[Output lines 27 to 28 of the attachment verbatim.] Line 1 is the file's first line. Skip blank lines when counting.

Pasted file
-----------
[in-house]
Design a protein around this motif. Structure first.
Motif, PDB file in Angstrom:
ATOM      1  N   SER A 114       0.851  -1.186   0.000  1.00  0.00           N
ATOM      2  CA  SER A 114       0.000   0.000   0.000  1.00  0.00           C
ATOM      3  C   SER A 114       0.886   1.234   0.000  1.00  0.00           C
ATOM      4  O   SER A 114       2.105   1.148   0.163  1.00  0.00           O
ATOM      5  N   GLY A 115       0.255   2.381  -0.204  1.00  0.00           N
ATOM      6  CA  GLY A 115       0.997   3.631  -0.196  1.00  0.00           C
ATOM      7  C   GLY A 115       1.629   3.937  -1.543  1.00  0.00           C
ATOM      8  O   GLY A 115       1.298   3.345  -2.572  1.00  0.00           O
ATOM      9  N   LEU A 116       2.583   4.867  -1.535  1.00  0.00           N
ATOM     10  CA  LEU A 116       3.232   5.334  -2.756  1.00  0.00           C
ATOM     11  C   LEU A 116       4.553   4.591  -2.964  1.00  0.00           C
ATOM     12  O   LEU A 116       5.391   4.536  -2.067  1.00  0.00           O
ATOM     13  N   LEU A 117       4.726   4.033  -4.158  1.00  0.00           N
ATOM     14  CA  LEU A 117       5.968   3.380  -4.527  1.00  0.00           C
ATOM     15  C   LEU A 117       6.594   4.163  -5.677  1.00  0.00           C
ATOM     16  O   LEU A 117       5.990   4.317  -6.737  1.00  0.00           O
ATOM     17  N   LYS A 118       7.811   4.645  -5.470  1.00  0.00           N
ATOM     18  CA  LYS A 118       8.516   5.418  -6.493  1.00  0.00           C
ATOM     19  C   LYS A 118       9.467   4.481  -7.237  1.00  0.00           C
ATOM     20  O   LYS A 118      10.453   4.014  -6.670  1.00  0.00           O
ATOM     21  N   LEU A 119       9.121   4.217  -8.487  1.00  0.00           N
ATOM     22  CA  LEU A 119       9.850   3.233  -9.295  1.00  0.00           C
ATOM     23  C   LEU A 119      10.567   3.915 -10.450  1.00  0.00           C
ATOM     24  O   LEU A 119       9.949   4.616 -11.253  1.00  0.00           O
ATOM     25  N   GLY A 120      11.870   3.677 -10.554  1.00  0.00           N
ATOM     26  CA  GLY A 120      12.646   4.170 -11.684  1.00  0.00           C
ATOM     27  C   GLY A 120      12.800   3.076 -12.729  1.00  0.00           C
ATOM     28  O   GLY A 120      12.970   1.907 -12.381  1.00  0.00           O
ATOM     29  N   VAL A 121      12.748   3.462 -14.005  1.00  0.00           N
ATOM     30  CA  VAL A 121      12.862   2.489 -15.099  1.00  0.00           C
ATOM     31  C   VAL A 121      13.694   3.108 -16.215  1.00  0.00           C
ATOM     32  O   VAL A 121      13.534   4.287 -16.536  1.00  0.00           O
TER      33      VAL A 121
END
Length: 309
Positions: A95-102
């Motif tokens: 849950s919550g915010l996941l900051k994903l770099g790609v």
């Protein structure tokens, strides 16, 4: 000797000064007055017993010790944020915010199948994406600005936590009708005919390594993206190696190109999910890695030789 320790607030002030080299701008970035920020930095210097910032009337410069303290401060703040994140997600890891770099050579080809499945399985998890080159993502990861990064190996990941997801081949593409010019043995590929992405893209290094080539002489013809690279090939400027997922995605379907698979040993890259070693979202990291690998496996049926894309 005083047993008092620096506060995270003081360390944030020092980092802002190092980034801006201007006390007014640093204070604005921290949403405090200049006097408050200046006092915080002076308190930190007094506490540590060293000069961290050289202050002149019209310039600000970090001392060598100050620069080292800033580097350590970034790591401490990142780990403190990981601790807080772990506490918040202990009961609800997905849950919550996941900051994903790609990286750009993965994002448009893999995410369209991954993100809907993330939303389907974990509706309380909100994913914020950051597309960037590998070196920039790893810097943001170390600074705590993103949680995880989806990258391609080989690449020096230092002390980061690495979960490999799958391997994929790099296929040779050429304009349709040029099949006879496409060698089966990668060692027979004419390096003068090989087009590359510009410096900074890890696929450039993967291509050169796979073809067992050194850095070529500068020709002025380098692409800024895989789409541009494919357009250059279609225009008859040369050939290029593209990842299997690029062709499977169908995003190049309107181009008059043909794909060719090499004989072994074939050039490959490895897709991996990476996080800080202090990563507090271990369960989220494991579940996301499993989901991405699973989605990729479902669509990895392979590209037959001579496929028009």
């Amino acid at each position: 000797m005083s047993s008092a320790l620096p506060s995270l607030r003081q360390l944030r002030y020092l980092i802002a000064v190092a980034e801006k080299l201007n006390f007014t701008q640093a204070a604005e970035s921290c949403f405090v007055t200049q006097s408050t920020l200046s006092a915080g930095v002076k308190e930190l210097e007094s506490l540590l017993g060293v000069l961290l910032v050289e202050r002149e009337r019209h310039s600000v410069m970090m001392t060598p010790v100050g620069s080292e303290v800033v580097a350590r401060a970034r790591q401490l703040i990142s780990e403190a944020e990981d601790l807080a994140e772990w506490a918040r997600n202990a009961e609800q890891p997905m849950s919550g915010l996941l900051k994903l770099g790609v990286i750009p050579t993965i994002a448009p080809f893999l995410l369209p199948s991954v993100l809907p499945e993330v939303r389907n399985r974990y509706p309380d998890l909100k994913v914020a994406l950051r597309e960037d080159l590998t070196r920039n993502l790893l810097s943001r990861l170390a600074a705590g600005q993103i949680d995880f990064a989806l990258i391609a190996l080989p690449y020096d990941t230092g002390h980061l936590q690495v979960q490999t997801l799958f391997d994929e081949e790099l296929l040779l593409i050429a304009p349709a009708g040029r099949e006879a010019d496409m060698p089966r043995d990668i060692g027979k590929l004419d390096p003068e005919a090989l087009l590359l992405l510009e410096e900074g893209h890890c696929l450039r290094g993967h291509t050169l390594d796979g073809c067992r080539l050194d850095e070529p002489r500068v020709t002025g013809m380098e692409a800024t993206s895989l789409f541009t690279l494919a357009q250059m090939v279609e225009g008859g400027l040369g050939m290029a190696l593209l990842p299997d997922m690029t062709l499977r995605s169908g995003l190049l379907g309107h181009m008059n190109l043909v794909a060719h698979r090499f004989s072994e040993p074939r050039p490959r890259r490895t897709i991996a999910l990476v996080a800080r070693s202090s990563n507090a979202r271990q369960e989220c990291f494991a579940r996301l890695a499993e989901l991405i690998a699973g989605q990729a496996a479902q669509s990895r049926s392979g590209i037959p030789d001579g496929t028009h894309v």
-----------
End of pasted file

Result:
ATOM     24  O   LEU A 119       9.949   4.616 -11.253  1.00  0.00           O
ATOM     25  N   GLY A 120      11.870   3.677 -10.554  1.00  0.00           N